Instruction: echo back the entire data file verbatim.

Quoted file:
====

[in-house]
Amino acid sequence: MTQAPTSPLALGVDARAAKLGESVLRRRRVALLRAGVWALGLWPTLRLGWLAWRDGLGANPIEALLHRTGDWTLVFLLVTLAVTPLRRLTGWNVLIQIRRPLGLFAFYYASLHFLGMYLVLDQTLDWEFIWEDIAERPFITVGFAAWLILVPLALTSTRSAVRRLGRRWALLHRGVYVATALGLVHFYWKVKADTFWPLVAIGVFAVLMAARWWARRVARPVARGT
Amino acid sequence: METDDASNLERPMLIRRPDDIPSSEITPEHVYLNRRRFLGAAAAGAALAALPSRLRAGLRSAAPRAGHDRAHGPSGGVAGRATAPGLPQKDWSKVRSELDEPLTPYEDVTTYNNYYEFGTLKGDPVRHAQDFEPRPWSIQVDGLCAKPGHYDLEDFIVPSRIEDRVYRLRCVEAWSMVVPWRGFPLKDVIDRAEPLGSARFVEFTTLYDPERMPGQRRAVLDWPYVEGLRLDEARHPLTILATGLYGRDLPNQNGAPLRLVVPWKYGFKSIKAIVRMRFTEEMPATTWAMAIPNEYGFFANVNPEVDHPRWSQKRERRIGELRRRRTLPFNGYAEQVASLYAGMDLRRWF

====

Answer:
[in-house]
Amino acid sequence: MTQAPTSPLALGVDARAAKLGESVLRRRRVALLRAGVWALGLWPTLRLGWLAWRDGLGANPIEALLHRTGDWTLVFLLVTLAVTPLRRLTGWNVLIQIRRPLGLFAFYYASLHFLGMYLVLDQTLDWEFIWEDIAERPFITVGFAAWLILVPLALTSTRSAVRRLGRRWALLHRGVYVATALGLVHFYWKVKADTFWPLVAIGVFAVLMAARWWARRVARPVARGT
Amino acid sequence: METDDASNLERPMLIRRPDDIPSSEITPEHVYLNRRRFLGAAAAGAALAALPSRLRAGLRSAAPRAGHDRAHGPSGGVAGRATAPGLPQKDWSKVRSELDEPLTPYEDVTTYNNYYEFGTLKGDPVRHAQDFEPRPWSIQVDGLCAKPGHYDLEDFIVPSRIEDRVYRLRCVEAWSMVVPWRGFPLKDVIDRAEPLGSARFVEFTTLYDPERMPGQRRAVLDWPYVEGLRLDEARHPLTILATGLYGRDLPNQNGAPLRLVVPWKYGFKSIKAIVRMRFTEEMPATTWAMAIPNEYGFFANVNPEVDHPRWSQKRERRIGELRRRRTLPFNGYAEQVASLYAGMDLRRWF